International Data Encryption Algorithm (IDEA) is a method to encrypt and decrypt data. A key (which is a random number) is used to encrypt the data, and that same secret key is needed for decrypting the data again.
- [IDEA] is a 64-bit iterative block cipher with a 128-bit key. The encryption process requires eight complex rounds. Decryption is carried out in the same manner as encryption once the decryption subkeys have been calculated from the encryption subkeys. The cipher structure was designed to be easily implemented in both software and hardware, and the security of IDEA relies on the use of three incompatible types of arithmetic operations on 16-bit words. However some of the arithmetic operations used in IDEA are not that fast in software. As a result the speed of IDEA in software is similar to that of DES.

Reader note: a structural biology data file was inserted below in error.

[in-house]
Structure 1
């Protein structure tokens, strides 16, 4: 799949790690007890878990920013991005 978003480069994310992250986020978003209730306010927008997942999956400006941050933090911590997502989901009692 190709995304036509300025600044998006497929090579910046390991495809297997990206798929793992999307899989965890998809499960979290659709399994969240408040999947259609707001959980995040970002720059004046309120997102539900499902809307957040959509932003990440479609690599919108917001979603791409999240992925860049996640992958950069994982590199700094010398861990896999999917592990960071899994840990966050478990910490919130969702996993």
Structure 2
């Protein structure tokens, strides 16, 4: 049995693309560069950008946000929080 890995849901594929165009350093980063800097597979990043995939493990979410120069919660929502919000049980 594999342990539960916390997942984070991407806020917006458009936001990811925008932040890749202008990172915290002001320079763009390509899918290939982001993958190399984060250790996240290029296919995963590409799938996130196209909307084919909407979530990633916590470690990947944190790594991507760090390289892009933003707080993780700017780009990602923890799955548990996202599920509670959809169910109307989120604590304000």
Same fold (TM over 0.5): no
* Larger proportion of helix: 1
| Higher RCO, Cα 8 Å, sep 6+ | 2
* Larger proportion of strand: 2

RSA Security goes on to say that IDEA was analyzed to measure its strength against differential cryptanalysis. The analysis concluded that IDEA is immune to that technique. In fact, (says RSA Security), there are no linear cryptanalytic attacks on IDEA, and there are no known algebraic weaknesses in IDEA. The only weakness of note was discovered by Daemen [DGV94]: using a (large) class of 251 weak keys during encryption results in easy detection and recovery of the key. "However, since there are 2128 possible keys, this result has no impact on the practical security of the cipher for encryption provided the encryption keys are chosen at random. IDEA is generally considered to be a very secure cipher and both the cipher development and its theoretical basis have been openly and widely discussed." [ibid.]
IDEA encryption is faster and generally considered to be more secure than DES encryption. But IDEA is newer and therefore not as extensively tested, and it is patented which restricts its commercial use. The patent will expire in 2011.
[LM92] X. Lai, J.L. Massey and S. Murphy, Markov ciphers and differential cryptanalysis, Advances in Cryptology - Eurocrypt '91, Springer-Verlag (1992), 17-38.
[DGV94] J. Daemen, R. Govaerts, and J. Vandewalle, Weak keys for IDEA, Advances in Cryptology - Crypto '93, Springer-Verlag (1994), 224-231.